There has been a topic marking all the debates throughout America in the past few weeks: the proposals of two Democratic candidates, Elizabeth Warren and Bernie Sanders, regarding a tax on wealth. Their proposals, coupled with all the recent articles and book releases about rising inequality all across the world, has been the hot topic on top of the table (better said, on top of the House).
A tax on wealth consists of a tax on the net wealth a person holds – that is, their assets minus their debts. Assets may include, for instance, bank deposits, real estate, financial securities, personal trusts, jewellery, or even a Picasso Painting. However, according to Bernie Sanders’ proposal, this tax would only be applied to people with a net worth value above $32 million, whereas candidate Warren would impose a tax on wealth only for values above $50 million.
They believe this is a much-needed source of revenue in order to ensure public health care for every American citizen.
There have been many countries adopting similar forms of wealth taxes. However, according to records, most of these countries have already dampened its usage. Only three out of the twelve European governments that implemented this tax in the 1990s continue relying on its revenues.
Furthermore, the numbers regarding tax revenue are not encouraging. The country that collects the most revenue from a tax on wealth is Switzerland, where its wealth tax revenue amounts to 3.1% of GDP. The other two countries, Norway and Spain, show really modest values, ranging between 0.2 and 0.8 percent of GDP.
The reasons provided by these countries are based on the fact that it is too costly to implement such a tax policy, due to the difficulty in assessing and evaluating the stock of assets each person owns, from personal effects and durable goods to future pension rights. Besides this, the OECD found clear evidence of the tax evasion and avoidance that is expected following the implementation of such policy.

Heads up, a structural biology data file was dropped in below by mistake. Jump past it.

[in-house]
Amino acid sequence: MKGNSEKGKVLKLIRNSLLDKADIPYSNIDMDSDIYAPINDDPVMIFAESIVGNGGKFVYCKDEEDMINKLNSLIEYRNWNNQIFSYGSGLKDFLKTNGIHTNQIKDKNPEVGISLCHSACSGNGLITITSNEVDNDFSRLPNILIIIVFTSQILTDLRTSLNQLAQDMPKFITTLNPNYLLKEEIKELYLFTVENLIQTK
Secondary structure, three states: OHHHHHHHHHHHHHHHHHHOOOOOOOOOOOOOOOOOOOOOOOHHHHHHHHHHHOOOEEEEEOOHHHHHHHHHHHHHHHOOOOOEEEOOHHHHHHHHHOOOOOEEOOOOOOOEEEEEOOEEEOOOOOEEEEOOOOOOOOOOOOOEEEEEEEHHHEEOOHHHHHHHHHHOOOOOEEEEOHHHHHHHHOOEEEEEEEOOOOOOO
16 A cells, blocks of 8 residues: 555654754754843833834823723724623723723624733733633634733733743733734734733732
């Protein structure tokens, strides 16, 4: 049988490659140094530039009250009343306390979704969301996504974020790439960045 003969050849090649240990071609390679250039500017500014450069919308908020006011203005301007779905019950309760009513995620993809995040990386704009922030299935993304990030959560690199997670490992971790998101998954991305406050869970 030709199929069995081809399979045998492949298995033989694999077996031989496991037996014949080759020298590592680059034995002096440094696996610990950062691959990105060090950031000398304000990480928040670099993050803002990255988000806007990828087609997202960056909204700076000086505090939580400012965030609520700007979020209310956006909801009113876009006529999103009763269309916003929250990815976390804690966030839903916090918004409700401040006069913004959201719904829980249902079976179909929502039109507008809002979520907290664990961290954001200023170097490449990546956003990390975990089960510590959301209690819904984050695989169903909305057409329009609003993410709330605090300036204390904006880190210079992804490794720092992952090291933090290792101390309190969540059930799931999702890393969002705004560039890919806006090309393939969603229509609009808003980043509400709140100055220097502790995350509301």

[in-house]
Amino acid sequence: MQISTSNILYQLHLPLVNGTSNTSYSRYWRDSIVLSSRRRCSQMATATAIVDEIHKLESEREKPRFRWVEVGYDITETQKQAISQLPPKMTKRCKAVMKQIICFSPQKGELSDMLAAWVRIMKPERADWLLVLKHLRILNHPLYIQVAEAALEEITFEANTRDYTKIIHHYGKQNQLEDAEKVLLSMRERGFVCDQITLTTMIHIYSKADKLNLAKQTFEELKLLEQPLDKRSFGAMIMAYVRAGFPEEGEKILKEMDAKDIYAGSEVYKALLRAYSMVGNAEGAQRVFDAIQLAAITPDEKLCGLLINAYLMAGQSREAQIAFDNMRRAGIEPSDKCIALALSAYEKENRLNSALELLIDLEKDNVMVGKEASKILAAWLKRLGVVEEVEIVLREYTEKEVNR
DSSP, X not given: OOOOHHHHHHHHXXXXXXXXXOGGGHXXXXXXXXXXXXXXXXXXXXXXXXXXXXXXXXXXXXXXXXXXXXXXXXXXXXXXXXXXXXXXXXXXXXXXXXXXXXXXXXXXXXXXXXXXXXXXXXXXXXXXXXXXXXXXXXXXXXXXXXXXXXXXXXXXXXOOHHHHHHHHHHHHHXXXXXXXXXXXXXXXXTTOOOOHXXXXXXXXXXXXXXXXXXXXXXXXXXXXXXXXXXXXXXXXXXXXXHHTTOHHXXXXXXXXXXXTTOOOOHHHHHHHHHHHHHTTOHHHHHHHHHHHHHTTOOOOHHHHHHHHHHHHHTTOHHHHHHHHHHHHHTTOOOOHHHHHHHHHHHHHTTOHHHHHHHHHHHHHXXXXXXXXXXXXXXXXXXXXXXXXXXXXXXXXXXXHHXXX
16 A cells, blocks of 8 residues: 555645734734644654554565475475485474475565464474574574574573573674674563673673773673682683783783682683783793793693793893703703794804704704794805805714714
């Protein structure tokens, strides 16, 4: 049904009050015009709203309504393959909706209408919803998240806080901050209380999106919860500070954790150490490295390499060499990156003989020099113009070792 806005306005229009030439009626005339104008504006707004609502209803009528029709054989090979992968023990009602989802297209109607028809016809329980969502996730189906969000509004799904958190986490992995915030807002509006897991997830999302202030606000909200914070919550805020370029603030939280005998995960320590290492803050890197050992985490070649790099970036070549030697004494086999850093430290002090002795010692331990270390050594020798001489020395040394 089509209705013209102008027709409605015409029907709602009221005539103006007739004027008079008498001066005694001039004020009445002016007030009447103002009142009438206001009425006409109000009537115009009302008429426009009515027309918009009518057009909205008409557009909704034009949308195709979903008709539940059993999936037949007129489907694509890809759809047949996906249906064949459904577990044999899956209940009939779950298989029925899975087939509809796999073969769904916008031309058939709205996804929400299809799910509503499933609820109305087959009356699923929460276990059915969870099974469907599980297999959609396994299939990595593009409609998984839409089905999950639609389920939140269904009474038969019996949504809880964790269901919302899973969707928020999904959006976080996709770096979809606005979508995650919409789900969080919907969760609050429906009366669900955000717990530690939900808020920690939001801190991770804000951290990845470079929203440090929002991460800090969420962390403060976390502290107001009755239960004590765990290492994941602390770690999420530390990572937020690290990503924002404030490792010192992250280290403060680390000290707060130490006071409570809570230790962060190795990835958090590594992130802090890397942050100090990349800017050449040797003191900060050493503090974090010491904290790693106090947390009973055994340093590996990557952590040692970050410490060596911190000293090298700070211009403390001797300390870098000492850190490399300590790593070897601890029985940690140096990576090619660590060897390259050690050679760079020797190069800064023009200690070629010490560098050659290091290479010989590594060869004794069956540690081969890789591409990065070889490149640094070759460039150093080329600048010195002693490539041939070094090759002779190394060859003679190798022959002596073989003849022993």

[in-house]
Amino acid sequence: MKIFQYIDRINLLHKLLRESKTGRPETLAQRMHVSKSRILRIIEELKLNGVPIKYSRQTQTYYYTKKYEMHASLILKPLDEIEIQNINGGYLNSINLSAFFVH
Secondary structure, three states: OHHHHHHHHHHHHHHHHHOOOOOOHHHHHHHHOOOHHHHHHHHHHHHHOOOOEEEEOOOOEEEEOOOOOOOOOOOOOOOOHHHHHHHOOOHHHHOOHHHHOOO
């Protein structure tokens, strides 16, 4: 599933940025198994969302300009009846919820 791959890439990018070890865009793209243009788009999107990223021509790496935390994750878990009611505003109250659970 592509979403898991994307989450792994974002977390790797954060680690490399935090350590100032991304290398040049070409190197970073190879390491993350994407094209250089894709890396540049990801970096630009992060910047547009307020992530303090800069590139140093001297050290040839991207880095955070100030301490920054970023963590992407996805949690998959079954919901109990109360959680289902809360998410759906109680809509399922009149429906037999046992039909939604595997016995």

Additionally, studies based on past experiences showed that, as this tax is calculated based on the difference between assets and debt, people were encouraged to borrow and invest in exempted assets and in assets that were hard for the government to identify. Farms and small businesses, artwork and antiques, forests and non-profit organizations are all examples of assets exempted from a tax on wealth.
The concerns of Senator Warren and other policymakers regard the ‘concentration’ of wealth in a small number of individuals. But the truth is that their wealth is mainly dispersed across the economy in productive business assets and, looking just at billionaires, only 2 percent of their wealth is accounted for by their homes and personal assets, such as cars, jewellery, and artwork.
Economist Greg Mankiw suggested a model in which there were only capitalists and workers. His findings showed that people should support taxes on wages, but not on capital. The reason is that the supply of capital is elastic or responsive to taxation – not entirely realistic -, such that setting a tax equal to zero would generate increased savings and boost investment. Consequently, worker productivity and wages would rise and, in the long run, the after-tax wages of workers would be higher under this policy rather than under a policy of imposing taxes on capital. From an average workers’ point of view, it is beneficial for the wealthy to maximize their savings and reduce consumption.
Still, the question remains:
How can we have a tax system that does not penalize beneficial wealth accumulation but also distributes the tax burden equitably? How do we ensure that the rich pay a fair share of taxes while simultaneously not discouraging savings?
Many have been the countries and cities, from Chile to Lebanon, appealing and begging for a more equal treatment and more egalitarian policies from their governments. For the sake of social harmony, tackling this issue is as urgent as it is to reach a consensus regarding climate change policies. However, wealth taxes may not be the right way to achieve the so-called general equilibrium.
National Public Radio